The Fitbit Charge 2 is one of Fitbit’s most popular trackers. It is a noticeable model compared to models from other manufacturers within the market. This makes the new model, the Fitbit Charge 3*, an exciting thing. In this article I compare both models and look at the differences between the trackers.
Among other things, I will answer the following interesting questions:
- What is new on the Fitbit Charge 3?
- Is it worth upgrading from the Charge 2 to Charge 3?
- New purchase – Charge 2 or Charge 3?
A small note – there are a few less photos than normally available. This will of course be supplemented and updated.
Differences in detail
As often seen in my Fitbit comparisons, we will go into detail about the crucial differences between the Charge 3 and Charge 2 by Fitbit.
Both devices have a pulse sensor which measures your pulse continuously. That is what characterises the Fitbit Charge series and it is of extreme importance for the quality and usability of fitness trackers. Fitbit uses in-house PurePulse technology. More about this can be found on the manufacturer’s website. In this regard, Fitbit has clearly proven itself and I have often praised the manufacturer for this. For this reason, I will not go into further detail about the measurement of heart rate and instead take a closer look at the differences between the two models.
In terms of design, Fitbit has stayed true to the Change series, which I find very good. The slim and compact design with a display made the Charge. This makes the Fitbit Charge* similar to the Fitbit Alta*, which is completely opened without a display.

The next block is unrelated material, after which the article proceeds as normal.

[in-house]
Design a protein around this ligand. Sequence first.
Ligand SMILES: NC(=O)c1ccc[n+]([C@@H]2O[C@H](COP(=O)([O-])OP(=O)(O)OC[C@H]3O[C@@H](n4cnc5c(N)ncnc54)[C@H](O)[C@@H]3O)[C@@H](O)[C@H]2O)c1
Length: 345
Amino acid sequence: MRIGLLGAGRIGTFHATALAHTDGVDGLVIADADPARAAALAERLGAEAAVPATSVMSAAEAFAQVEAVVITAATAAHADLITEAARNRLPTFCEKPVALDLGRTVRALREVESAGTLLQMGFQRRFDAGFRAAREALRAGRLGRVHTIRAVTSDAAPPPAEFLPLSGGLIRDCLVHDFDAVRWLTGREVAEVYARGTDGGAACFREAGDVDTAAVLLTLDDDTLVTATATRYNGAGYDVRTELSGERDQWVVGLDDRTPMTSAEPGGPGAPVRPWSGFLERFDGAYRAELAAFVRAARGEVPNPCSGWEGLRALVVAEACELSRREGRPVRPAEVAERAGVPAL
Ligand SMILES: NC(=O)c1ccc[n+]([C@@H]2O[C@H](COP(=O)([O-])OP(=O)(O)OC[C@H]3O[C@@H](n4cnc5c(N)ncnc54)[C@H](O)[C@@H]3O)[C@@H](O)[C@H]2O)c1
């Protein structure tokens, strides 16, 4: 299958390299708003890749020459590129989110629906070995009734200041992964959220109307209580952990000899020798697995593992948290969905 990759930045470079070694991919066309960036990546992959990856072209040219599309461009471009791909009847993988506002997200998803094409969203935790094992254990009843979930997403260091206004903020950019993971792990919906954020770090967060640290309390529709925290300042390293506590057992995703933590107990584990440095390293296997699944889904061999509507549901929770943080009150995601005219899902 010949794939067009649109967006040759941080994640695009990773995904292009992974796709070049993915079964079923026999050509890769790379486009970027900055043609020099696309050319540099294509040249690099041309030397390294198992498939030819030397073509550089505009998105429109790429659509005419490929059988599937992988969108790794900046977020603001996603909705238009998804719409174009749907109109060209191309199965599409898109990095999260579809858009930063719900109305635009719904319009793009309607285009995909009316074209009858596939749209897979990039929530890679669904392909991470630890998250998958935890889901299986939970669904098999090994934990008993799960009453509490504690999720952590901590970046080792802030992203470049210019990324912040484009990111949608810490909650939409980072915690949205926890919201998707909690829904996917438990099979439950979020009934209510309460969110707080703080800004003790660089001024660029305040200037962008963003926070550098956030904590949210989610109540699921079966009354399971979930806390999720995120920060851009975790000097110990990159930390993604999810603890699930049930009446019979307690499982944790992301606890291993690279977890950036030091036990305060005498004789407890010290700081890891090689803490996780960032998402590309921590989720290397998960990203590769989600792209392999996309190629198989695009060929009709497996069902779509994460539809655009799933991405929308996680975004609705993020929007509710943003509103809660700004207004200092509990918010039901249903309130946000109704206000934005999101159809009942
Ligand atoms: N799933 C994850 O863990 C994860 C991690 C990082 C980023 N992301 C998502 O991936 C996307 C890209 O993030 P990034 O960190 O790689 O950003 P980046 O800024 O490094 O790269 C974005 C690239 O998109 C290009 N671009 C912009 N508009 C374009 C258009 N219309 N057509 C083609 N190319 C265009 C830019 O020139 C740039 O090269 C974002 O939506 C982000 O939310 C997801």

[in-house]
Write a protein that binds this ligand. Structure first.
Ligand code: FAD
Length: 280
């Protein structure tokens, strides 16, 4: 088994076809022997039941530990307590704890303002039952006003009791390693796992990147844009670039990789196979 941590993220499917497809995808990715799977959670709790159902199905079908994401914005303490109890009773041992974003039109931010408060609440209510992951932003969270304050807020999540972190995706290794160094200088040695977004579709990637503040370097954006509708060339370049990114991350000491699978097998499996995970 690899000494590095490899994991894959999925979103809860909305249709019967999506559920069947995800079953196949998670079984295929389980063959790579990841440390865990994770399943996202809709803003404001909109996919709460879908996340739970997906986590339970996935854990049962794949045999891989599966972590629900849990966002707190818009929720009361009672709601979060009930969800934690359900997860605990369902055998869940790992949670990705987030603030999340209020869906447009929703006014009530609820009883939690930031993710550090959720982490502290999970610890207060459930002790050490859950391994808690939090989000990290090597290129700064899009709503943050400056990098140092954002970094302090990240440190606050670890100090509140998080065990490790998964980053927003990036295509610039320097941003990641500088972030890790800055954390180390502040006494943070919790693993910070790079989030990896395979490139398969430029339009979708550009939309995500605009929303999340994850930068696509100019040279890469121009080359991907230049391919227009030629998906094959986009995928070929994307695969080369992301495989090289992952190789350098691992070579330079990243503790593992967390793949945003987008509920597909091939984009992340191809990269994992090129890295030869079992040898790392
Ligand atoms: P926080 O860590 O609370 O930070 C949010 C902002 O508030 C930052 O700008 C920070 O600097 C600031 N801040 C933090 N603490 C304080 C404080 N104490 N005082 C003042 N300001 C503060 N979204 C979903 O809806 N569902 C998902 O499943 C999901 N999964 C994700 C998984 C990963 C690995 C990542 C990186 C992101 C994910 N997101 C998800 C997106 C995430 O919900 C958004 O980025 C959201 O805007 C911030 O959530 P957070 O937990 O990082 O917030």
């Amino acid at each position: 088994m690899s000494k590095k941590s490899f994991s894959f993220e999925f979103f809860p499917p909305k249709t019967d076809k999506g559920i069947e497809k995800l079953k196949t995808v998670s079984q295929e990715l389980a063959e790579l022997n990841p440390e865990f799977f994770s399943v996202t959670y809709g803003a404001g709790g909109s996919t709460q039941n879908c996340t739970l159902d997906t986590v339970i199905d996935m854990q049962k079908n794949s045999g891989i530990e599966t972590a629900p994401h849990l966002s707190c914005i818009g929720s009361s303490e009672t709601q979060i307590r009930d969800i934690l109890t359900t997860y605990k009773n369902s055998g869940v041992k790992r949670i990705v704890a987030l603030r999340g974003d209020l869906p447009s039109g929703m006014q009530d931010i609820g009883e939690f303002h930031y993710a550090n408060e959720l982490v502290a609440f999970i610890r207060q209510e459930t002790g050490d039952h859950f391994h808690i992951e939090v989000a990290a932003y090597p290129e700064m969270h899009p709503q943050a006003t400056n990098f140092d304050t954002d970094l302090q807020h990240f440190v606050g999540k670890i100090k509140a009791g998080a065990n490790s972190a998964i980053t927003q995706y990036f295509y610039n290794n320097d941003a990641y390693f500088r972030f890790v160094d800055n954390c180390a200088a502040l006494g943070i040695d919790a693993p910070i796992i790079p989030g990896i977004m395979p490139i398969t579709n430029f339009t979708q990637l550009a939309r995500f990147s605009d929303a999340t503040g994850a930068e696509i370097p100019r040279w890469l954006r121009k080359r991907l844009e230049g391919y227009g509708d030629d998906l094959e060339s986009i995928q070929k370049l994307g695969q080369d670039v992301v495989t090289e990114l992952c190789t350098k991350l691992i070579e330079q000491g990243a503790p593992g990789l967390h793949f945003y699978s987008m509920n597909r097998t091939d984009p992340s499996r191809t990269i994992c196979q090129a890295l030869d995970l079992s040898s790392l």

Fitbit Charge 2
Overall, the Charge 3 is even more compact than the Charge 2. This is how Fitbit managed to fit the device closer to the arm, as the pulse sensor is sunk further into the tracker.
Fitbit Charge 3
I can only give the exact figures for the dimensions of the Charge 3 when I have it in front of me. On the manufacturer’s website, there is an image which indeed does give figures, but these do not seem to be quite right. It would be better to wait and measure the device itself. I also would not mind receiving figures from you if you receive it earlier than I do. Simply put them in the comments or write me an email.
The display remains the same as the Charge 2 without colour. However, the Charge 3 has a touch function, which considerably extends its use. As such, there are also various functions which can be controlled via the display. Of course, it is not as extensive and complex as with the Versa* or Fitbit Ionic. Apps also cannot be installed onto the Charge 3.
Fans of the Fitbit Charge range have been waiting for a long time for this, and now it is here. Fitbit has made the Charge 3 waterproof. With the tracker you can go up to 50 metres underwater. This is a feature which I personally am very pleased about and in my opinion is a highlight of the Charge 3 as well as a difference from the Charge 2. Finally, we no longer have to take off our trackers when going swimming. Better still, swim sessions can be recorded and with pulse rates.
Both the Charge 2 and the Charge 3 do not have an integrated GPS. For me, this is not surprising because the more expensive model released by Fitbit this year also does not have a GPS module. Here I mean the Fitbit Versa. It would be odd to only equip the cheaper model of the range with the function that is in great demand.